[FFmpeg-user] Reducing seek time when start time offset (-ss) is large

Curtis Miller CMiller86 at gmail.com
Sat Aug 11 03:06:05 CEST 2012


Your solution to have a seek time before and after encoding is exactly what
I was looking for. It also very similar to the functionality Robert added
to ffmbc. When I tried to use your example and have a 0 start after
encoding, my clips audio and video were out of sync though. This was easily
fixed by having the pre-encoding seek 5 seconds before the start of my clip
and having the post-encoding seek start at 00:00:05. It looks like it's
working great and it's so much faster.



On Fri, Aug 10, 2012 at 6:27 PM, Nicolas George <
nicolas.george at normalesup.org> wrote:

> Le quartidi 24 thermidor, an CCXX, Robert Krüger a écrit :
> > I suggested this:
> >
> >
> https://groups.google.com/forum/?fromgroups#!topic/ffmbc-discuss/w6w9Yuo6_oo%5B1-25%5D
> >
> > on the ffmbc list for the exact same problem (if I understand your
> > posting correctly). Not a pretty solution but for use cases like yours
> > (and mine) it does the job. I was going to make a patch against ffmpeg
> > before posting this here but have not had time yet to do it but I'll
> > try to do that in the next few days. I hope this is at least going to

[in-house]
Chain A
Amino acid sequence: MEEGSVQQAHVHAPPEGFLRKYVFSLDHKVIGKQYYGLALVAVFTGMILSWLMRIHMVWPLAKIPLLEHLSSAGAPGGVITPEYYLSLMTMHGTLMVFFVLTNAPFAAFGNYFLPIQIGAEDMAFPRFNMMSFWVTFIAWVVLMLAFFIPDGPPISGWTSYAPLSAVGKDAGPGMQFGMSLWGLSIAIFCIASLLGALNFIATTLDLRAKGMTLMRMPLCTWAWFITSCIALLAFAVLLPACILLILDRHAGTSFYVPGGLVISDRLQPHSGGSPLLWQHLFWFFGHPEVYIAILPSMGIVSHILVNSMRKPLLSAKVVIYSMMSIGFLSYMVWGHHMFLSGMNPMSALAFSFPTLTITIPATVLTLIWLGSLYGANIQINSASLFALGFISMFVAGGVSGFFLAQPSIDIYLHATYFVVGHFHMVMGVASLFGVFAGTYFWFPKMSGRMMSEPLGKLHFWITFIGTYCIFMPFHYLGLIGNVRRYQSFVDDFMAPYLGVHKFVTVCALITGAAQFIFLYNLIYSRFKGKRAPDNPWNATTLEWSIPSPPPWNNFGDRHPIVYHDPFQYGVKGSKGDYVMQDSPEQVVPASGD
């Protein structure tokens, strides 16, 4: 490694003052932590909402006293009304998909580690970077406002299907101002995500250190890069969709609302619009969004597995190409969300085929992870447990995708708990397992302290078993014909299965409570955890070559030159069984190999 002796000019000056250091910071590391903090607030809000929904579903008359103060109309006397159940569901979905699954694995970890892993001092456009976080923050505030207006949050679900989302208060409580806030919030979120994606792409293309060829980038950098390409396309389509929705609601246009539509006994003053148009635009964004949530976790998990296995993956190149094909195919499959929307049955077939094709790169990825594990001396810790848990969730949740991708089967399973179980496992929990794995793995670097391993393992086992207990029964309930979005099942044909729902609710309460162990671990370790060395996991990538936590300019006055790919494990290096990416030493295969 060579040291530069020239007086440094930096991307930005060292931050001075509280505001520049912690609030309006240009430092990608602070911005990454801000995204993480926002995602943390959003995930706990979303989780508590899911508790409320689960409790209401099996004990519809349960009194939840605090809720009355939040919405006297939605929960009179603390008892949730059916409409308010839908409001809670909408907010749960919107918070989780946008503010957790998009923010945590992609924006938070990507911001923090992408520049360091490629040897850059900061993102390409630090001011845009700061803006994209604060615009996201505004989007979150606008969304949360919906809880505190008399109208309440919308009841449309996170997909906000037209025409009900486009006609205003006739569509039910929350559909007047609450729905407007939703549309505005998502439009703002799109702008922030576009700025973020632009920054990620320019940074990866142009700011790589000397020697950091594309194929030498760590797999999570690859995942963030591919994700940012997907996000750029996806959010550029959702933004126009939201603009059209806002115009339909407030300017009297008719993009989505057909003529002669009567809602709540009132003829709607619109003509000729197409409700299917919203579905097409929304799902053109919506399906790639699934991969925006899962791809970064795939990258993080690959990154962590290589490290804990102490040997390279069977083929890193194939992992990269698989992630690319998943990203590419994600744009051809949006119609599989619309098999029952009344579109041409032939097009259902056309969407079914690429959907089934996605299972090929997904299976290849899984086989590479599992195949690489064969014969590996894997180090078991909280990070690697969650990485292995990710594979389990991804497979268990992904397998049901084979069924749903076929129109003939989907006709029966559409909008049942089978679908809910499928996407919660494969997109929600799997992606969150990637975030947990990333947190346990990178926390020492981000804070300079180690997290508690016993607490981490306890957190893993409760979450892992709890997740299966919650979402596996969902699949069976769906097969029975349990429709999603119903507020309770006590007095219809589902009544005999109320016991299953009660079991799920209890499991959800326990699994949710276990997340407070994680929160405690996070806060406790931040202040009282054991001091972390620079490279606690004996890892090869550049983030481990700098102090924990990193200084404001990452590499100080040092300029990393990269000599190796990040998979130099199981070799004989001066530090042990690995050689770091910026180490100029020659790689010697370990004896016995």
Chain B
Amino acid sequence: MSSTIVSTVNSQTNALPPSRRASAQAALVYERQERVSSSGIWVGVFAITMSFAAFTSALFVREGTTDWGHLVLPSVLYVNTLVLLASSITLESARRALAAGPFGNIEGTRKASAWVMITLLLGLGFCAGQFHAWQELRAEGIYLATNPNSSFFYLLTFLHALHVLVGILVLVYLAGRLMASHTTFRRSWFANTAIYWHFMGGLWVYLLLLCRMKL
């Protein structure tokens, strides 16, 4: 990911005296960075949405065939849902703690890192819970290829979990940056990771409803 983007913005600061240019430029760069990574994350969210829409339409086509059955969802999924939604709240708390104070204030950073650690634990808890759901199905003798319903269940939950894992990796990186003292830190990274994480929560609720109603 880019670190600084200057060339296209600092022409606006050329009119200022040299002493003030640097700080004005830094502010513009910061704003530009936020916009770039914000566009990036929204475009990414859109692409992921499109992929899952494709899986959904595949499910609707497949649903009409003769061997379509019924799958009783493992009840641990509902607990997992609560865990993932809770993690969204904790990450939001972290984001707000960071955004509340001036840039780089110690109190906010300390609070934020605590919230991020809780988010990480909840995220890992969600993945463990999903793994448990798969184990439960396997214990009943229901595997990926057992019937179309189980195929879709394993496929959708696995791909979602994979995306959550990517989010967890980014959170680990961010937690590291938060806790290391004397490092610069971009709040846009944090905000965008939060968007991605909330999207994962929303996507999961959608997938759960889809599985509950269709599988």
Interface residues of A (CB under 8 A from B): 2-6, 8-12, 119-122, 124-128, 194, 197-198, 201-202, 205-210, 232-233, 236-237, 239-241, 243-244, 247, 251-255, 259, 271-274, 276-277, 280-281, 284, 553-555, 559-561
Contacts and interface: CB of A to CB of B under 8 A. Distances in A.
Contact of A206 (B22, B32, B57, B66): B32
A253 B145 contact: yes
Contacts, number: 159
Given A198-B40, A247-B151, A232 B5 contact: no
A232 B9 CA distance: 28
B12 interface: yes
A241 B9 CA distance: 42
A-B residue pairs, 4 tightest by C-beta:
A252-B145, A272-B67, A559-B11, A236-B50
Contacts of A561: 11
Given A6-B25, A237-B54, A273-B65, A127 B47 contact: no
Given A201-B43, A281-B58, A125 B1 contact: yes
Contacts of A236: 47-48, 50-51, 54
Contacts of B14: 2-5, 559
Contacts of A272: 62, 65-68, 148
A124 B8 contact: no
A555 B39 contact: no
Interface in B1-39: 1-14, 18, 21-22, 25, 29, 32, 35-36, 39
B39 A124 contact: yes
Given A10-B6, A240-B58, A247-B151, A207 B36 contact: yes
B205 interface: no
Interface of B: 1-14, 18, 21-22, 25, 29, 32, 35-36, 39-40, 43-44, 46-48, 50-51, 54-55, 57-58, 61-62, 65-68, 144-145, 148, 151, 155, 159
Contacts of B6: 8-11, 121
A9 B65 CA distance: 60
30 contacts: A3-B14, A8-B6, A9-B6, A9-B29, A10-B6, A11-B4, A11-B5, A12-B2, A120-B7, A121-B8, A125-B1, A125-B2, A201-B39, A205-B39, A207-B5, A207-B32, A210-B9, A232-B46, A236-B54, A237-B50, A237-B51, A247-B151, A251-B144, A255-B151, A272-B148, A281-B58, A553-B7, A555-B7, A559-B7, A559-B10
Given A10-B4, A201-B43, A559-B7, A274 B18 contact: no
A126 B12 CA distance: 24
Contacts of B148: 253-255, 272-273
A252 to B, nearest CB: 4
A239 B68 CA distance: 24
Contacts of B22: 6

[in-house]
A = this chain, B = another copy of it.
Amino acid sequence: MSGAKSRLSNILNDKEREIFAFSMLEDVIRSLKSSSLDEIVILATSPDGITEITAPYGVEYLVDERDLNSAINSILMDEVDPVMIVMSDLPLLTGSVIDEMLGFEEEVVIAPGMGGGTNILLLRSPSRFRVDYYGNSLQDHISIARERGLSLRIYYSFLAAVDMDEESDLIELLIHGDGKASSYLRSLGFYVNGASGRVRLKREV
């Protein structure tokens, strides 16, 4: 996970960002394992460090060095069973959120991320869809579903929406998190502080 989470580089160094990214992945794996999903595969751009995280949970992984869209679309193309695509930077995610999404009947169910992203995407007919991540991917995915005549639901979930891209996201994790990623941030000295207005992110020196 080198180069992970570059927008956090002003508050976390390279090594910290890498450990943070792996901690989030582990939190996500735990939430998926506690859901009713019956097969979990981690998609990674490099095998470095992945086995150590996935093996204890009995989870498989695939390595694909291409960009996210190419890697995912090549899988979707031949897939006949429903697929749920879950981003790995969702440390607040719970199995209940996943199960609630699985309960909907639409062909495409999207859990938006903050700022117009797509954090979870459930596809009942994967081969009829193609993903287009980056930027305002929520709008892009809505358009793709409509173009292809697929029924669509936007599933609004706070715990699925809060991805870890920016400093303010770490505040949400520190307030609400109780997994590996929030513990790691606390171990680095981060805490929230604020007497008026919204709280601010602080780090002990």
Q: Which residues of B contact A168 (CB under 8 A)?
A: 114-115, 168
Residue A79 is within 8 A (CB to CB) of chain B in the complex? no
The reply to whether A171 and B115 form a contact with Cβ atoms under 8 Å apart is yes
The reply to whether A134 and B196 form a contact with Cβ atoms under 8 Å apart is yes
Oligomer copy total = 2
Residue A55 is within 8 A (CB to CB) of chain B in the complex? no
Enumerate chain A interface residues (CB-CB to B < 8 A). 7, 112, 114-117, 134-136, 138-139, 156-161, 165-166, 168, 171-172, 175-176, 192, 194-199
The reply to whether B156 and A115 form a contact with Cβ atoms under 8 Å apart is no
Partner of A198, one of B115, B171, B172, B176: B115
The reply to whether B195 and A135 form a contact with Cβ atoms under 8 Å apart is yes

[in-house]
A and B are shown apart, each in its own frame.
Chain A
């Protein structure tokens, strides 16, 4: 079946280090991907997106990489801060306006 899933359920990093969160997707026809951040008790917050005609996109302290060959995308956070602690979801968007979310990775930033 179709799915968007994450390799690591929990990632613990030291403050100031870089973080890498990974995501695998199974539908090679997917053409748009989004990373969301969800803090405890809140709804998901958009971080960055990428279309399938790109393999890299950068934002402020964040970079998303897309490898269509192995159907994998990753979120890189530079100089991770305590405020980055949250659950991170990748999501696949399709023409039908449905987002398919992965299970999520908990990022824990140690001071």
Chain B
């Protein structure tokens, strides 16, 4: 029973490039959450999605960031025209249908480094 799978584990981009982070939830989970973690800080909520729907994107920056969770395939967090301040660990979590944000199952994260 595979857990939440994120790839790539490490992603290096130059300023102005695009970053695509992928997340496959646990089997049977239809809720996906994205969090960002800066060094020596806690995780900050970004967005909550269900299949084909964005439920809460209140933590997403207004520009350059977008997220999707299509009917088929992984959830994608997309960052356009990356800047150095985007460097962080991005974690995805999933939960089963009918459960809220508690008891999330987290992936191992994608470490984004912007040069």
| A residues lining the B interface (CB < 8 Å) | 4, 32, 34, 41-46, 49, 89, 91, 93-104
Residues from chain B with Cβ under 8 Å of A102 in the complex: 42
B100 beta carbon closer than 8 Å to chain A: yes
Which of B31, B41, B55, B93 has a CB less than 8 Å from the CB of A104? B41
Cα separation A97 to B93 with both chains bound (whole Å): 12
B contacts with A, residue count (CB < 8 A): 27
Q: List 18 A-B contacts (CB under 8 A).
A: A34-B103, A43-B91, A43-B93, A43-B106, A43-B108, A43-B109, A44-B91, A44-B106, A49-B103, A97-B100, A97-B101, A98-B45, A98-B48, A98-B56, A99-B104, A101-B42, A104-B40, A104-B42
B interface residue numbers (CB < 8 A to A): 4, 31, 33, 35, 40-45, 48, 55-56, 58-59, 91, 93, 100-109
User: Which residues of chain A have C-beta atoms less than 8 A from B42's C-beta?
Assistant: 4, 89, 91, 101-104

> > get a discussion about this started because I think this may be a
> > practical problem many people have.
> Let me recap, and correct me if I am wrong:
> -ss before -i uses seeking, and is inaccurate since it seeks only to
> keyframes; -ss after -i uses skipping and is very slow, you want a new
> option that does most of the work by seeking and then skips from the last
> keyframe until the target time.
> I do not think it is necessary.
> The thing is -ss seeks with the "backwards" flag: if there is no keyframe
> exactly at the requested time, it will look for a keyframe before it, not
> after. On the other hand, the timestamps are adjusted according to the
> target time, not the found keyframe, which means that timestamps will
> usually begin slightly negative.
> Which leads to a solution:
> ffmpeg -ss time -i file -ss 0 output
> A few tests I ran some days ago shows it is not exactly equivalent to
> "ffmpeg -i file -ss time output", but only up to one or two frames. I must
> run some more test to find out why exactly.
> Regards,
> --
>   Nicolas George
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